As an HR Practitioner, I have always said that a CV is worth its weight in paper. While it’s great to see someone’s achievements, interests, and career journey – that’s all it tells me. It doesn’t tell me about who they are or what skills they have. It doesn’t show me how they can flex their style to be adaptable to meet the needs of the role, their team, or the business.
Other challenges to be aware of with CVs are:
- Candidates can ‘egg up’ their achievements or be creative. Not many organisations, depending on the sector, will spend time checking the accuracy of qualifications or experience.
- Coaching can occur in preparation for interviews. Depending on the candidate and the role, the candidate may opt to be coached on their interview skills to ensure they are the best of the best during the interview. Whilst this is a great option and shows initiative, just because the candidate is great at an interview it doesn’t mean that they have the skills to be successful in the role they are applying for.
What is the answer?
To me, the answer is straightforward, however, the concept of ‘doing’ can be more complex. It is about skill-based assessments and questions. The interview or assessment should be focussed on what is required for the role and the practicalities rather than a piece of paper and a 30-minute conversation to see if you like them or if they are a good fit. After all, do we not tend toward unconscious bias in these situations where we like people who are like us?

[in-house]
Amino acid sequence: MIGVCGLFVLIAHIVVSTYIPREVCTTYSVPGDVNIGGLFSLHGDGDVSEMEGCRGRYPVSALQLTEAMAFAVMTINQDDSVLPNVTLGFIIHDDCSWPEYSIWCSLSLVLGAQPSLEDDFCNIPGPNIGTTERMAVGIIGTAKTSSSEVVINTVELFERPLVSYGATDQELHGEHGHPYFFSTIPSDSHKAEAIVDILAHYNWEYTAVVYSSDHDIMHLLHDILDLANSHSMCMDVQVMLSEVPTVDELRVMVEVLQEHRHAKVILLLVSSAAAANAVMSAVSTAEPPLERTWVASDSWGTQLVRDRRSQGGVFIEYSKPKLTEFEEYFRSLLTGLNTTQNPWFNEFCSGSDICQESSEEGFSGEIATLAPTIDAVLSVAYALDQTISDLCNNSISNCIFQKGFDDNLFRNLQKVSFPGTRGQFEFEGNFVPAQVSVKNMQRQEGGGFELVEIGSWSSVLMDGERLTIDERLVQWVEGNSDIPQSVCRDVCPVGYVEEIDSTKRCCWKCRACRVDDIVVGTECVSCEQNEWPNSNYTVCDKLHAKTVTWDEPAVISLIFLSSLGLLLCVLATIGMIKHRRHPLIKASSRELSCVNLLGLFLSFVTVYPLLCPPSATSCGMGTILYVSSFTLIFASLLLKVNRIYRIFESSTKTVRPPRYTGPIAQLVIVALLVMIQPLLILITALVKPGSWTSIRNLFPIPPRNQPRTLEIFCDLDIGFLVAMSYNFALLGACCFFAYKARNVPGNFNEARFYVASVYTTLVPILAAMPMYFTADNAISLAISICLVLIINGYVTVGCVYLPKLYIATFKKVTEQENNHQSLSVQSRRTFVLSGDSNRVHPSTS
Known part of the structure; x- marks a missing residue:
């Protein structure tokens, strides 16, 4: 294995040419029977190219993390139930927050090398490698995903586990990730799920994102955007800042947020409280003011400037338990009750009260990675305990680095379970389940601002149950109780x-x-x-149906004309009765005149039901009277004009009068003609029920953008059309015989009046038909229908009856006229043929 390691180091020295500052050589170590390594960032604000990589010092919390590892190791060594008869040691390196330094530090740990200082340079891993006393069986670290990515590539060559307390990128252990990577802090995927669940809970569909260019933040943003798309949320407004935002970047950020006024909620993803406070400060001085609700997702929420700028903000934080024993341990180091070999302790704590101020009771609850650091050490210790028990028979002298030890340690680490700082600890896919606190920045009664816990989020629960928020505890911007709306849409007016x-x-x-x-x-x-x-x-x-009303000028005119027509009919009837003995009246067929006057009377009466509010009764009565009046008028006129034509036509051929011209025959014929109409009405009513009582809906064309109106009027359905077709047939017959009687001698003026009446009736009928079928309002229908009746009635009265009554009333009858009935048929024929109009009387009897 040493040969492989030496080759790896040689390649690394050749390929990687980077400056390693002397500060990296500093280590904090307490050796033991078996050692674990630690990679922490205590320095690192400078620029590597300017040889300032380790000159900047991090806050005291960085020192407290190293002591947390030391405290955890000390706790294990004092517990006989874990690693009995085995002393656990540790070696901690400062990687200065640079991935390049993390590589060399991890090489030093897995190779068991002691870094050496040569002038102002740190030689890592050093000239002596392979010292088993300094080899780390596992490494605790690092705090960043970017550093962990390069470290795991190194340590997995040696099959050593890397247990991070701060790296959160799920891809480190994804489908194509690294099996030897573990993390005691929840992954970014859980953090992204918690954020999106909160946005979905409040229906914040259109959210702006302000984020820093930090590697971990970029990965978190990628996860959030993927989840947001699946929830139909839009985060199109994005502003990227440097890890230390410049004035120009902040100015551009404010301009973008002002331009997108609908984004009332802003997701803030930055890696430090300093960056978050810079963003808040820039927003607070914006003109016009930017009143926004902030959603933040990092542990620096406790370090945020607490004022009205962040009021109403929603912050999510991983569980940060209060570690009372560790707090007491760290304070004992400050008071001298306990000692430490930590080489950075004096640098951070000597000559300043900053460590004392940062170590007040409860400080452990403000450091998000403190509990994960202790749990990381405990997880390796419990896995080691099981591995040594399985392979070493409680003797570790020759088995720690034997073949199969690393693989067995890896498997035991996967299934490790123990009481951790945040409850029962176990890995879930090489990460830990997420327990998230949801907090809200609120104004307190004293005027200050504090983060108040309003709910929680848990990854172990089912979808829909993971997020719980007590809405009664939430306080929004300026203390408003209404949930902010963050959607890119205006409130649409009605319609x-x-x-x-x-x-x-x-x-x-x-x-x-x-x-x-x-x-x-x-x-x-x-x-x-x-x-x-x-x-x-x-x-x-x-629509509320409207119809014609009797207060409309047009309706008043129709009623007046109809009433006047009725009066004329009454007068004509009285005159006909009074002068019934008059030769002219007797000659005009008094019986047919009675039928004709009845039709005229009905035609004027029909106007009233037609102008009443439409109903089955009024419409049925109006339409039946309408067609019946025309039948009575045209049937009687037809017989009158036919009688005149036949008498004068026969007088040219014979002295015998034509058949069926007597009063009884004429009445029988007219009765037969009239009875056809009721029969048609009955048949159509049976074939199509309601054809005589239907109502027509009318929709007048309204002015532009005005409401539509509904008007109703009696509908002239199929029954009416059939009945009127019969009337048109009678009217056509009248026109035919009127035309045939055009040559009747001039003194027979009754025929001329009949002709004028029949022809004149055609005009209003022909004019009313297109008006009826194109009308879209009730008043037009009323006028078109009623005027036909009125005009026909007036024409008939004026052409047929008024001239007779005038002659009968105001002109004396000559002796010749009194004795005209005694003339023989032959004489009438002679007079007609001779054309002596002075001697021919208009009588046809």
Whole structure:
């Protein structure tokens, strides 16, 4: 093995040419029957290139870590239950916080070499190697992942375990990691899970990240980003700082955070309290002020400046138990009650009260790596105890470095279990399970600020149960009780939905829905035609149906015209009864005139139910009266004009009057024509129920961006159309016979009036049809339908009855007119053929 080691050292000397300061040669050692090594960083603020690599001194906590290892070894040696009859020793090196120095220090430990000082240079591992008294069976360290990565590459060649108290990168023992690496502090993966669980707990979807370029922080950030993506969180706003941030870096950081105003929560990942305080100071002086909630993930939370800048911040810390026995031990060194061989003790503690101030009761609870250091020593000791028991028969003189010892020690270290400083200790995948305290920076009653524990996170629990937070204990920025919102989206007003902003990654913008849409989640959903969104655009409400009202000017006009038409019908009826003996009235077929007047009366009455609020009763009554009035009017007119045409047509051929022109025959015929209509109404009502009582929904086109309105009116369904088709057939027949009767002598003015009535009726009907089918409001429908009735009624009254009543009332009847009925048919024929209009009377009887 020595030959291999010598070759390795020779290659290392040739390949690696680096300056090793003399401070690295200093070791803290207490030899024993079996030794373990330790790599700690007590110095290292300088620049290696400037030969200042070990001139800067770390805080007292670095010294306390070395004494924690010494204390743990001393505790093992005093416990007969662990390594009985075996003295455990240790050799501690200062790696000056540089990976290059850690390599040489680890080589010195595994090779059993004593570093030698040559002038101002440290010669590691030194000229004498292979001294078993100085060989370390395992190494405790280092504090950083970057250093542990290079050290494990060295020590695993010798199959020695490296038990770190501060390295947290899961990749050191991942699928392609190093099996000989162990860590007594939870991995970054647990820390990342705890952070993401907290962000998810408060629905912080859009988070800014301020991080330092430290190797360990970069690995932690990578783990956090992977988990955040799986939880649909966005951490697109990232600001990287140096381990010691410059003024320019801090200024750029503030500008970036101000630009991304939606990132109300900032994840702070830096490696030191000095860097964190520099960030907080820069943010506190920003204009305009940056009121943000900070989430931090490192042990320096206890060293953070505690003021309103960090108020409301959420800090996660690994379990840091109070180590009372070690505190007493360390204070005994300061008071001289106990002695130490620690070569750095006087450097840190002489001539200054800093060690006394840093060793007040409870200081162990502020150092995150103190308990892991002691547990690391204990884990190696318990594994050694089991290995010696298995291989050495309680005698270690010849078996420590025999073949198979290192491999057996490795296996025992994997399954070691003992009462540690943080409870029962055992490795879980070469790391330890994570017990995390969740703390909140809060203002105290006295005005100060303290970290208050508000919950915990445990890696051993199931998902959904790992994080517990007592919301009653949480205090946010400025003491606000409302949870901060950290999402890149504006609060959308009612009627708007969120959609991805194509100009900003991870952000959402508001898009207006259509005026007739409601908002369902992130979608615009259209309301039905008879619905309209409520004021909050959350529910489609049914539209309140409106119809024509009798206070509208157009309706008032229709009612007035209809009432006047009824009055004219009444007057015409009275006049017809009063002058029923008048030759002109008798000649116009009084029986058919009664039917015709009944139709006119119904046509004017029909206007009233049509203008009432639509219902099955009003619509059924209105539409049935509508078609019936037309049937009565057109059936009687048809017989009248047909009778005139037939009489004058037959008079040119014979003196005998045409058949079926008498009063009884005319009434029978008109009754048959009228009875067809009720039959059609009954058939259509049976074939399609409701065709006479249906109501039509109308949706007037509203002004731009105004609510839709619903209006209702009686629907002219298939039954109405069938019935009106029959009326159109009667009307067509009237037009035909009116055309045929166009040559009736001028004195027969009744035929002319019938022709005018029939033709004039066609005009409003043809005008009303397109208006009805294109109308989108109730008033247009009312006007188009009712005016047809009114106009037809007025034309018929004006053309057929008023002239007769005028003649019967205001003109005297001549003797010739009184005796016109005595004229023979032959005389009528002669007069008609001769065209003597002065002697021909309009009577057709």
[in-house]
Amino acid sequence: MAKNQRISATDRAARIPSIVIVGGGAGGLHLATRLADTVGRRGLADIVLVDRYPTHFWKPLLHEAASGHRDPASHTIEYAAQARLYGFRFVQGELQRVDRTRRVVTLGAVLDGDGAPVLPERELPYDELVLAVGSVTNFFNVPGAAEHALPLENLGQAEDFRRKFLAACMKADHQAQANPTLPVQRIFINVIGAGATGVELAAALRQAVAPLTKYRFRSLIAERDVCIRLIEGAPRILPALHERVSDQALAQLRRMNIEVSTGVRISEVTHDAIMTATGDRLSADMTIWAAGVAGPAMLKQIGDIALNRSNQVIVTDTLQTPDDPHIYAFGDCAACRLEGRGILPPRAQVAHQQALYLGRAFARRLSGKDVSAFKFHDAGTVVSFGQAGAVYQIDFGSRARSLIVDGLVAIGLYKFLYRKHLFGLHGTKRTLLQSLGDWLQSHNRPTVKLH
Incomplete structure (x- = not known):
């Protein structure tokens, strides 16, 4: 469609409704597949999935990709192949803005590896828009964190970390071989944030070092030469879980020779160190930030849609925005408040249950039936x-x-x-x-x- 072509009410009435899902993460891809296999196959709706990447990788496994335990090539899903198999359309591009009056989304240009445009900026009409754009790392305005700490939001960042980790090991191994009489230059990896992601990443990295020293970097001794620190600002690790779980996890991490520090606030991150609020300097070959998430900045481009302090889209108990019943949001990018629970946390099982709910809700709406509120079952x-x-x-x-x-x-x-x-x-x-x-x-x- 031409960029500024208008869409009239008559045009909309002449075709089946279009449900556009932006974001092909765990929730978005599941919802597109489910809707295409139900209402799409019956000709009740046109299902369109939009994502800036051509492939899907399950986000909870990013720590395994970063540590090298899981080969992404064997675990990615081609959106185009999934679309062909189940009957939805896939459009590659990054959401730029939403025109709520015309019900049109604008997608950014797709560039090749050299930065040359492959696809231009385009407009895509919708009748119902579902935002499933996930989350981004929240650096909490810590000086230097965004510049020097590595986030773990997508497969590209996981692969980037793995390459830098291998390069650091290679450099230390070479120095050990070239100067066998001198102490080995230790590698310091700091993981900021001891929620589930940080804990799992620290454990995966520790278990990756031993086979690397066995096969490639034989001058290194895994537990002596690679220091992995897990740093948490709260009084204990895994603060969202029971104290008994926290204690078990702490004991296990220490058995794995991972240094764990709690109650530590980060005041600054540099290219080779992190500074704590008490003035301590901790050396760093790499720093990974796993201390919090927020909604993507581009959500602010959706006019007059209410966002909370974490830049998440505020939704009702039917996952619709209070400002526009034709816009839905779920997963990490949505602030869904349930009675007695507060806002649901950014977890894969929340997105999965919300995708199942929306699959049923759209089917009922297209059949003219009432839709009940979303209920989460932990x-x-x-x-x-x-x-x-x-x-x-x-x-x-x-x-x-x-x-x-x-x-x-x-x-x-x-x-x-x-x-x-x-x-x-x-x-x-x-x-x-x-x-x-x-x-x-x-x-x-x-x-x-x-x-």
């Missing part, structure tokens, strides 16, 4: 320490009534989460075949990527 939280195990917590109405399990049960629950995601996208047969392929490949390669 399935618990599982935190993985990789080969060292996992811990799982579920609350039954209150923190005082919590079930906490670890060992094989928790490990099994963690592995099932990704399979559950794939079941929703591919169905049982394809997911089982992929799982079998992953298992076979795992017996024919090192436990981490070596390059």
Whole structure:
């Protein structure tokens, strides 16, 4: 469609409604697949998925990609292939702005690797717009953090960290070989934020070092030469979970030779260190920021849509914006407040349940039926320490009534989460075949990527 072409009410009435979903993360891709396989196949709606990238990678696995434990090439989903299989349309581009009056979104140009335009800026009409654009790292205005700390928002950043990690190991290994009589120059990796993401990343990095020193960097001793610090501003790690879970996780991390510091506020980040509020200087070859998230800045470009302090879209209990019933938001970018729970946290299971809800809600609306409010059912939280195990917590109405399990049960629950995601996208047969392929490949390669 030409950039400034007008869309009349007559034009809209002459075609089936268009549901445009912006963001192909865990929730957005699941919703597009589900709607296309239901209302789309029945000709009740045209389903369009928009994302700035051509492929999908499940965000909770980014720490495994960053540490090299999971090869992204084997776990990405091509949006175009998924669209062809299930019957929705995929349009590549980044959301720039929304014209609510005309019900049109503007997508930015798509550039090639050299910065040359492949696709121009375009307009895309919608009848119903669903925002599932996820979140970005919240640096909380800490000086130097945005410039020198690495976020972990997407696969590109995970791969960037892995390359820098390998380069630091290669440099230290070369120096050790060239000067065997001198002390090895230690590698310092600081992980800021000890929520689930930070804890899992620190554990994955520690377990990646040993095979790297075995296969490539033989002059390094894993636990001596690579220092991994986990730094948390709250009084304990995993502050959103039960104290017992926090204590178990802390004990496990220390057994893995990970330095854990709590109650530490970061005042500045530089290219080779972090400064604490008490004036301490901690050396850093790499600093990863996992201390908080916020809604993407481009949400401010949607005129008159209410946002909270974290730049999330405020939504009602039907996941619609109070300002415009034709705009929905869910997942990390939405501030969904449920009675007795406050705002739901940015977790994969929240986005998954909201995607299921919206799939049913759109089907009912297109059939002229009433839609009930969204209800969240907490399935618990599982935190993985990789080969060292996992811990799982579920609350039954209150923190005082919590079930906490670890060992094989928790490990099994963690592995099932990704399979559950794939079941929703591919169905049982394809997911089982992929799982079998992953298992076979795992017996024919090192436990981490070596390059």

As the world of work drives further flexibility and adaptability, businesses need to ensure they are hiring the right talent for the right reasons. By including skills-based assessments, you are also driving inclusivity further within the business. Consider a candidate who is going to be a tradesperson: you need to see their skill rather than them providing a technical insight into a kit, or talking through the repairing of equipment that they might have just read about or watched on the internet.
The concept of the ‘doing’ can be more complex, purely because you need to find time to review what it is you are looking for in the skills of an interviewee, and how you will be able to assess it. You need to ensure that you are being fair and offering reasonable adjustments where possible, but it could be simple assessments such as:
- A receptionist answering several calls and connecting them to the correct people.
- An administrator organising a series of meetings and working through time management challenges.
- An electrician rewiring a test system correctly and on time.